Arguably, there aren't many scenes more photogenic than a sunrise on a crisp, clear winter morning — especially one viewable from an altitude of 100,000 feet.
On Dec. 1, John Flaig headed west from Shorewood toward the small town of Cresco in northeastern Iowa, with a mission of capturing HD video and photos of the sunrise and moonset from so-called "near space."
The next morning, after reassessing its predicted descent, Flaig traveled further west and launched a stratospheric weather balloon from Calmar, IA. Attached was an orange box labeled “NOT DANGEROUS” above an American flag, his phone number, and an offer of a cash reward for finding the package.
Inside that box was the payload: two video cameras, one still camera, which he hacked to take photos every 15 minutes, a GPS tracking device, and a smart phone with a tracking app installed.
Flaig's cameras yielded 3,000 breath-taking, NASA-like photos and three hours of video of Earth and "near space" on its 4 and a half hour trip through the stratosphere. Flaig estimates it reached an altitude of 110,000 feet — and a passenger jet nearing knocked the balloon out of the sky. (View all of Flaig's photos and video on his website).
"I was blown away," Flaig said of the photos captured at "near space." "I had some idea of what it could look like ... but when you see the raw video and photos on a big-screen TV, it's truly amazing."
Inspired by YouTube videos of ordinary people launching weather balloons and the "intriguing and awe-inspiring footage" they captured from the stratosphere, Flaig set out to join the amateur space program.
And with a wealth of information online, he educated himself on launching a successful flight.
"It seemed extraordinary that with a little effort and not too much money any ordinary person could accomplish such a feat," said Flaig, a computer programmer working in West Allis. "When Felix Baumgartner jumped from the Red Bull Stratos in October that sealed the deal. I was inspired by the video from the event to go for it."
Using online tools created by the Cambridge University Space Flight (CUSF) program to calculate the balloon’s flight path, Flaig predicted the payload would land in Slinger. He made the trip to Iowa to ensure the payload wouldn't land in Lake Michigan, but the balloon didn't land in either location. Instead, the payload traversed the lake and made its descent in Cedar Springs, MI, north of Grand Rapids, landing 40 feet up in a tree in the woods behind a house.
Flaig knows just one person in Michigan, a long-time friend, who luckily lives just 13 miles from where the balloon made its landing.
"Needless to say I called him. He drove right over and met with the homeowner. She turned out to be very nice and agreed to help get the payload out of the tree and FedEx everything back to me," Flaig said. "I promised to pay the expenses and send her some Wisconsin cheese."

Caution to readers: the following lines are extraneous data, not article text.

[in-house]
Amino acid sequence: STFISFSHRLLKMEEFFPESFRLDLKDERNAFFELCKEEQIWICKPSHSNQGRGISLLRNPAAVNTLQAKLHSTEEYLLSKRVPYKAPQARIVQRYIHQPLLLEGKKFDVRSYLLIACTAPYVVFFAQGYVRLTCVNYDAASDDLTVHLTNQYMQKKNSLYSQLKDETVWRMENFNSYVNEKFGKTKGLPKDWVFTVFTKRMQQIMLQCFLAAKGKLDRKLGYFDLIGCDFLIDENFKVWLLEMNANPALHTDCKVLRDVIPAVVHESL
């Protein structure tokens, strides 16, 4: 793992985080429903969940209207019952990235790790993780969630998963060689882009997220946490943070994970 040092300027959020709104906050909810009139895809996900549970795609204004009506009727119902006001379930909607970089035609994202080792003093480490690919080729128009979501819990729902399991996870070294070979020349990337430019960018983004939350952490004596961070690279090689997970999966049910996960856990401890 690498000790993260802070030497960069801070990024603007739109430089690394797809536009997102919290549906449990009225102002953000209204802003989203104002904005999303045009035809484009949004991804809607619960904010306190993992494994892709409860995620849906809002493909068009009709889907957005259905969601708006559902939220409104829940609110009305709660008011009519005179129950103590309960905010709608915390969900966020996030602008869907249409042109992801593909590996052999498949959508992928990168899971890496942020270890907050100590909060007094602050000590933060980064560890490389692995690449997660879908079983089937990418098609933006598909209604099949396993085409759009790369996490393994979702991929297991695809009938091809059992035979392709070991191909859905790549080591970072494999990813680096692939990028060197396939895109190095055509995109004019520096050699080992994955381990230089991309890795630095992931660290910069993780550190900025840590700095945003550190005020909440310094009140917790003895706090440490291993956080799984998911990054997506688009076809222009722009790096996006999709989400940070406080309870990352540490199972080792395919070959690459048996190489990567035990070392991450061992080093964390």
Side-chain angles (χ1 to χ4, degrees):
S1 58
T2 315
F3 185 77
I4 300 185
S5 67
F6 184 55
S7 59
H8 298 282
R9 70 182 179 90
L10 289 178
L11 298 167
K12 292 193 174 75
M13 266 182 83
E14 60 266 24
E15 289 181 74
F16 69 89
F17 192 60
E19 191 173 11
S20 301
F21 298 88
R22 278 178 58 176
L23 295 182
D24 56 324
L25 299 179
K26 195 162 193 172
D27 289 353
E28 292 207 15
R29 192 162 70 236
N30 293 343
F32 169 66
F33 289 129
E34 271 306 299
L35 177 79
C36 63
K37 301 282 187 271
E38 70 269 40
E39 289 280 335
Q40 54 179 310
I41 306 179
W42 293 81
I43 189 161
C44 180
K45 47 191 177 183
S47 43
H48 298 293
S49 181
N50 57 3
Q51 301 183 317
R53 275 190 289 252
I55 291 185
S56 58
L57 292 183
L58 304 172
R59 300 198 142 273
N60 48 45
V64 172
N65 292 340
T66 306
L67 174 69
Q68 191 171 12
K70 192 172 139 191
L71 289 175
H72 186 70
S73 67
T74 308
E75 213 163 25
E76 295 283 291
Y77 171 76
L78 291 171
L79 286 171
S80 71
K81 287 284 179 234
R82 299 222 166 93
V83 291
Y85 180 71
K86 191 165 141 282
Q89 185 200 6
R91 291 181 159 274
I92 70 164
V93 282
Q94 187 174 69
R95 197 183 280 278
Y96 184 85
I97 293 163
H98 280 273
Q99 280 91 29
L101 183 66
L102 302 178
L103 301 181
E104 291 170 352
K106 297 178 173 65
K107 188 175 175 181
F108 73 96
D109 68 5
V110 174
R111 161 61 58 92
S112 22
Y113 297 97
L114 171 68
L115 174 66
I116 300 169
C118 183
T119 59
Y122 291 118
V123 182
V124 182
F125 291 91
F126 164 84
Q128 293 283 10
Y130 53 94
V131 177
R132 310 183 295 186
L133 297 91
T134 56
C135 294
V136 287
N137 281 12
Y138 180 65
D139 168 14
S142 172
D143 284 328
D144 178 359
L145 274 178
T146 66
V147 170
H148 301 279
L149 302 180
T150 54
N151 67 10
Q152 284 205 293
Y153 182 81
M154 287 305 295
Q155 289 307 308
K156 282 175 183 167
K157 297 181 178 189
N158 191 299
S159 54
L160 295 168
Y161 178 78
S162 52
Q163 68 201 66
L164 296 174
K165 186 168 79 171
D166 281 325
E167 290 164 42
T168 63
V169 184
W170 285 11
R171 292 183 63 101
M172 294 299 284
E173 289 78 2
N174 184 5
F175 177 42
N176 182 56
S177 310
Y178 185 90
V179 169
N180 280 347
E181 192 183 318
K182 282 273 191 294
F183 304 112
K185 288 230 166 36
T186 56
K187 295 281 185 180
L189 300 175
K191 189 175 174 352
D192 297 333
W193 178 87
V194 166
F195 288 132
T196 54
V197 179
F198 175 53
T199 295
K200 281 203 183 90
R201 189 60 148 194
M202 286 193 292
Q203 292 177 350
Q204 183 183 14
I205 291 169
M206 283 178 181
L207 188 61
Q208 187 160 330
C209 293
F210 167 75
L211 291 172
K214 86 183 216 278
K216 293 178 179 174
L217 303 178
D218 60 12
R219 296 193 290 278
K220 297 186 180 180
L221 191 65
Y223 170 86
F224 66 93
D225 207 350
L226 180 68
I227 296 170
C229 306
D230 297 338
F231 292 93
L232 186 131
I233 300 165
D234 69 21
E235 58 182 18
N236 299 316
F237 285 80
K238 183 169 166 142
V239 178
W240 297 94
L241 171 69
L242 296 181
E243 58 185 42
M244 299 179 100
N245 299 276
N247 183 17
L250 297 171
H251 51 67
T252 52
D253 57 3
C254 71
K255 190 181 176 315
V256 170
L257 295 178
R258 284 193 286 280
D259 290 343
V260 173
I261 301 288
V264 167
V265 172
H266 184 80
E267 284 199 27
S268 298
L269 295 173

Preparing for launch
Outside of the helium for the balloon, Flaig said most of the equipment in the payload were easy to obtain.
"At this point little original thinking is required," he said. "It seems as though within the last few years this 'hobby' has become much more accessible, likely due in part to the advent of new and cheaper mobile technology. A radio transmitter, HAM license, and electronics and soldering skills are no longer required to track and recover a high altitude balloon."
He spent a day rigging the box which would house the payload, painting the box blaze orange so it would stand out, cutting holes for the cameras to peak out, and lined the box with foam to keep various devices in place.
As temperatures at 100,000 feet or more can reach 70 degrees below zero, he rigged his payload with heat packs, placing them next to batteries, which can stop working at extreme temps.
He outfitted the box with a Sony Handycam HDR-CX190, GoPro Hero 2, and Canon PowerShot as1100, 32GB cards and batteries that would record for up to four hours.
Lastly, he fitted to box with a Spot GPS device, which he faced toward the sky to help track the payload and ensure a clear signal.
Then, Flaig used an iPad 2 to visit GPS websites and track the balloon after launch. On the drive back to Wisconsin, he frantically checked the status of his balloon. At one point, the status read the balloon landed in Delavan, WI just east of Janesville off Interstate 43. But, after the website updated, he realized the payload had landed much farther away in Michigan.
"The signal had shifted," he said. "It was no longer coming from Delavan. As I zoomed out on the map I couldn’t believe my eyes as I saw the city name of Muskegon appear on the map. The balloon had crossed Lake Michigan and had either landed just east of Muskegon 130 miles away from Delavan or was still heading east, deeper into Michigan. I could hardly believe it."
Flaig has plans for another voyage deep into the earth's atmosphere to capture more sights from "near space."
"The first one was so nerve-racking, I thought I’d never do it again,” he said. “But, within a week, I ordered another balloon."